Globalized supply chains make the hard task of picking industries to support near impossible. Industrial clusters are becoming less prominent and less valuable. As business coordination costs fall due to improved communication technologies, the sub industries, like the manufacture of parts and components, are separating geographically from the headquarters, R&D, and distribution. A hollowed-out industry is not worth as large of a subsidy, and the proper industries to target will be harder to identify.
What's more, as industries break down into their sub-industries, it is more likely that a new firm will play a larger role in a sub-industry. Specialized workers and inputs will cluster around that firm, and knowledge spillovers will begin to occur across departments. While no bank is big enough to move an entire industry to a more efficient location, it might be able to move a sub-industry. Where capital markets work, governments should not meddle.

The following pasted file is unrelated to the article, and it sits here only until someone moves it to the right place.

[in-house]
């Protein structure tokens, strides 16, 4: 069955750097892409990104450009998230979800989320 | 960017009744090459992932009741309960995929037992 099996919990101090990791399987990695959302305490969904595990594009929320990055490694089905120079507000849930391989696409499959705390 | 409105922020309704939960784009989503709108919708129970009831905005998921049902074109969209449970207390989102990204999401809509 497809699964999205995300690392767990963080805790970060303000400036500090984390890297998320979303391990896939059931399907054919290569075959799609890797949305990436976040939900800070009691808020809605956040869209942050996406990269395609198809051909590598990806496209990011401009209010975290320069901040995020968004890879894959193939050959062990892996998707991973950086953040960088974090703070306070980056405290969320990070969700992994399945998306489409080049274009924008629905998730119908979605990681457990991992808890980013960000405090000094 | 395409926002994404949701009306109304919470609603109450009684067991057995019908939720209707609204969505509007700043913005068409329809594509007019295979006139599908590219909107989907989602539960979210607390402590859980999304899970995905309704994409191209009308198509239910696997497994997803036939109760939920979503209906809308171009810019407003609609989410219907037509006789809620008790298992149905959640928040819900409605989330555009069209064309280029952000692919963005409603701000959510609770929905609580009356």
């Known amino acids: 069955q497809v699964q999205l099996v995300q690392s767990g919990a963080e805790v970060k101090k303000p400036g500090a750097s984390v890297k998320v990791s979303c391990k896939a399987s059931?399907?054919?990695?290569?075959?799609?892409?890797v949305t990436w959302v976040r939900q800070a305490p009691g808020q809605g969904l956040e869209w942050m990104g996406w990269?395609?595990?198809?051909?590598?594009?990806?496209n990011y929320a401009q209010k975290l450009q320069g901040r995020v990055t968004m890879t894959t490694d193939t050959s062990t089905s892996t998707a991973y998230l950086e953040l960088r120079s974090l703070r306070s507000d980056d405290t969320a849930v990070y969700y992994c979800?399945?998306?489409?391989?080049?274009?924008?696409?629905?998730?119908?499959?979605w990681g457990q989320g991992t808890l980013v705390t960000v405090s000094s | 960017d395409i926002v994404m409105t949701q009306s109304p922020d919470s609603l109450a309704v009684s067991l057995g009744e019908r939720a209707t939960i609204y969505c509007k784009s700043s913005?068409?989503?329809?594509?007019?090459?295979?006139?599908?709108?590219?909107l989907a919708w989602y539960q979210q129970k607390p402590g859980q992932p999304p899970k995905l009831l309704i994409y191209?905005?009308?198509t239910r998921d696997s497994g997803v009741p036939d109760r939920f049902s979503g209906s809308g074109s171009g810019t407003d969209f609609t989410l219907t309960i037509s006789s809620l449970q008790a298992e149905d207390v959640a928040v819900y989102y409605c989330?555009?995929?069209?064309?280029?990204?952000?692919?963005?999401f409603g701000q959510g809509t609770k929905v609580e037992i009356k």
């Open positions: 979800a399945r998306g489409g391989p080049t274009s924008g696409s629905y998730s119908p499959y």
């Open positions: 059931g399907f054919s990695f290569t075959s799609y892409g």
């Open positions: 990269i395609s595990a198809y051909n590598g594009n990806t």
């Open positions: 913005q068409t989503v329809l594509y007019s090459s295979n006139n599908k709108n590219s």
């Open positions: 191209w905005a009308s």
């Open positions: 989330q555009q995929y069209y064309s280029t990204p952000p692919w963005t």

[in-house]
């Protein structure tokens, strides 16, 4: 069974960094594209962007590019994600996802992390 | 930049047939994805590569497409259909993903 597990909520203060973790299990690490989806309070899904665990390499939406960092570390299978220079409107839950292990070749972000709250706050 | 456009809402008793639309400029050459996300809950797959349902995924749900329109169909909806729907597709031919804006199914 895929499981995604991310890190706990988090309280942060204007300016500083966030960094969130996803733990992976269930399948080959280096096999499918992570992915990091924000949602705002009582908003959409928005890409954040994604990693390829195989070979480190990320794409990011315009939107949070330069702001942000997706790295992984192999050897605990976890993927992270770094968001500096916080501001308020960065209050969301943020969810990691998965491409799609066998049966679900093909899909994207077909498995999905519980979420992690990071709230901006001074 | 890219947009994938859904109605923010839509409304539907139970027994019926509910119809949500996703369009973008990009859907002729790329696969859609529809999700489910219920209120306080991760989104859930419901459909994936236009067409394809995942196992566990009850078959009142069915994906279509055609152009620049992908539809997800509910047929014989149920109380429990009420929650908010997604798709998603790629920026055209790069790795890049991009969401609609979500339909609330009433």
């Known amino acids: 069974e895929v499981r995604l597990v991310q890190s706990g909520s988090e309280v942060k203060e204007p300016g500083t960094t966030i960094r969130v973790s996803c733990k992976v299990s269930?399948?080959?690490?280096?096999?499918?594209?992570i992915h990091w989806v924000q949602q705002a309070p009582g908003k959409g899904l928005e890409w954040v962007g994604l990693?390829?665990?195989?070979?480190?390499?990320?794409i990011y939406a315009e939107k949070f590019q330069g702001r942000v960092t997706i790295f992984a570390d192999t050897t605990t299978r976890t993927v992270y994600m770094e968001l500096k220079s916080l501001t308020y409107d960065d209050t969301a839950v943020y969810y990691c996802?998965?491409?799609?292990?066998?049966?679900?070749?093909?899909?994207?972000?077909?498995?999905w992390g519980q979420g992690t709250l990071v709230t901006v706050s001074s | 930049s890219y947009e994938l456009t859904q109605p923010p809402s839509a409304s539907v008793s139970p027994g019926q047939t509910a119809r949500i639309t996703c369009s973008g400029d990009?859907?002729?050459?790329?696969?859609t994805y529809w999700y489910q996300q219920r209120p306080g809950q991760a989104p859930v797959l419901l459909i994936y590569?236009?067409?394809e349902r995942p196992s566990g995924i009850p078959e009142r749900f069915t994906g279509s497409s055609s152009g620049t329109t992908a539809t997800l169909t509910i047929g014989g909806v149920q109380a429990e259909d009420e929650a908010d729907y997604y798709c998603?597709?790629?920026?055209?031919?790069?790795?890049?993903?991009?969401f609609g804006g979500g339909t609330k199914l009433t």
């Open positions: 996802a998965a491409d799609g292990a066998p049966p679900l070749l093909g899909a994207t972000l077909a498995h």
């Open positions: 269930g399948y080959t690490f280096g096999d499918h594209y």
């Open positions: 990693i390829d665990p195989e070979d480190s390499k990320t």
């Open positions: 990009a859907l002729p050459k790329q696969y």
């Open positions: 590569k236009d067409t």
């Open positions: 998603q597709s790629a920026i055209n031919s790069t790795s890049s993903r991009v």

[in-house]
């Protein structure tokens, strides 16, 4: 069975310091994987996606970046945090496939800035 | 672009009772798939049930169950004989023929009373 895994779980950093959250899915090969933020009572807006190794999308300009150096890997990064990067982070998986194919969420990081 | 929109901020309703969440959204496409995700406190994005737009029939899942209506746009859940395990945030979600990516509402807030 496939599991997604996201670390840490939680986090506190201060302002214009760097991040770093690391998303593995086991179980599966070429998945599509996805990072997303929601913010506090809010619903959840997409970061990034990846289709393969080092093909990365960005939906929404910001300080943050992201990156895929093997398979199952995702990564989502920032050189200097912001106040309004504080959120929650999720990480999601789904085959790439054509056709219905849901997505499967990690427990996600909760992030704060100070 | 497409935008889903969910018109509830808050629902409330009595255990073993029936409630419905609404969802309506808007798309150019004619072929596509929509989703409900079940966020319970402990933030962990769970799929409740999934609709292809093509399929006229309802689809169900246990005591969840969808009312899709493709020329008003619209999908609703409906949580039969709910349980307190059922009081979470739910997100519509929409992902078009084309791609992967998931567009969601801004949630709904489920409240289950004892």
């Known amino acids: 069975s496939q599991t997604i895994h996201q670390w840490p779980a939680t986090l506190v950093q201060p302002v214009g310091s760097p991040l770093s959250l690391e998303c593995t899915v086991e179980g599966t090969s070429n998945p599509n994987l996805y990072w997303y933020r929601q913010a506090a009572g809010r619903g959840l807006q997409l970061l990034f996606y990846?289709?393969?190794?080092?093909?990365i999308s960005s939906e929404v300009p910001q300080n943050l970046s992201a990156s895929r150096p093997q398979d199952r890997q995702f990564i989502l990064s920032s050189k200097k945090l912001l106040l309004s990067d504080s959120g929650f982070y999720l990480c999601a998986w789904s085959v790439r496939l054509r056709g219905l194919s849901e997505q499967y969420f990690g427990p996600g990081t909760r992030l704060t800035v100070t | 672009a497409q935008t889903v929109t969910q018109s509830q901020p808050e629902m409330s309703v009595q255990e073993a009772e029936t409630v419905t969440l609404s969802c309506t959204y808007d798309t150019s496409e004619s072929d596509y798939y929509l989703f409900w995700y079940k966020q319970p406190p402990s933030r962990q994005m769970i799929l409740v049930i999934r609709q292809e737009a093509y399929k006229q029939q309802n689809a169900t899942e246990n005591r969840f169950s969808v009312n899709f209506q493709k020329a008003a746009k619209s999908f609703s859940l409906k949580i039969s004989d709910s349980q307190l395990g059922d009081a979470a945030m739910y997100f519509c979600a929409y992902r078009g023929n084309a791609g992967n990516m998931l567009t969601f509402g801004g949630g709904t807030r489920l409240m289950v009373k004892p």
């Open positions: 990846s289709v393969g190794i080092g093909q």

No one can predict the future. The next communication or transportation revolutions will likely change the world as much as the internet revolution has, and policy-makers should not waste money predicting which industries will be valuable, and which will still cluster.
The policies that President Obama outlined in his State of the Union Address undermine the strength of America's economy, and are the wrong way to react to the changing nature of trade. Action is necessary, but it should focus on preparing future generations to compete in a global marketplace through education reform and retraining current workers who lose their jobs due to trade. The best policy advice is always to put the band aid where the cut is.
Matthew Jensen is an economic researcher at the American Enterprise Institute (AEI) and the co-author of chapters on trade and public finance in the forthcoming book, Is Competitiveness Worth Defending?